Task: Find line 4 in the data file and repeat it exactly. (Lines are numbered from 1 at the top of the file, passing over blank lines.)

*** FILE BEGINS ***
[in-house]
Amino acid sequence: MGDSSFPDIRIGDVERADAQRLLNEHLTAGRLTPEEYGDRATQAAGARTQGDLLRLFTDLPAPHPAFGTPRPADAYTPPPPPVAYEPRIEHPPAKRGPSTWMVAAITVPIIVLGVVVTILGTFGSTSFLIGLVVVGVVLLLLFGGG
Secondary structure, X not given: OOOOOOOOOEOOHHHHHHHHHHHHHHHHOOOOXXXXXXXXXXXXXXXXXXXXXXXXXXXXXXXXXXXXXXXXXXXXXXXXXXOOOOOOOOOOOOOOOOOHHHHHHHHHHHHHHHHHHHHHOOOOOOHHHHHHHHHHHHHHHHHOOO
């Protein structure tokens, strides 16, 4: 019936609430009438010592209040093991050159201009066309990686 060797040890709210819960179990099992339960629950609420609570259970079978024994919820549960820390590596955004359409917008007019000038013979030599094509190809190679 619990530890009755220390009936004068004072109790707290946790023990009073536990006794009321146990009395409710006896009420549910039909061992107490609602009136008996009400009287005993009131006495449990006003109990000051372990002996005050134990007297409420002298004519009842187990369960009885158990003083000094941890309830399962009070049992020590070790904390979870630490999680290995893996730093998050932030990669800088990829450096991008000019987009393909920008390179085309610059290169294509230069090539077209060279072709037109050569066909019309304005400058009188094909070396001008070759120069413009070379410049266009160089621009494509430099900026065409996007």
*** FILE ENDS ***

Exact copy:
């Protein structure tokens, strides 16, 4: 019936609430009438010592209040093991050159201009066309990686 060797040890709210819960179990099992339960629950609420609570259970079978024994919820549960820390590596955004359409917008007019000038013979030599094509190809190679 619990530890009755220390009936004068004072109790707290946790023990009073536990006794009321146990009395409710006896009420549910039909061992107490609602009136008996009400009287005993009131006495449990006003109990000051372990002996005050134990007297409420002298004519009842187990369960009885158990003083000094941890309830399962009070049992020590070790904390979870630490999680290995893996730093998050932030990669800088990829450096991008000019987009393909920008390179085309610059290169294509230069090539077209060279072709037109050569066909019309304005400058009188094909070396001008070759120069413009070379410049266009160089621009494509430099900026065409996007």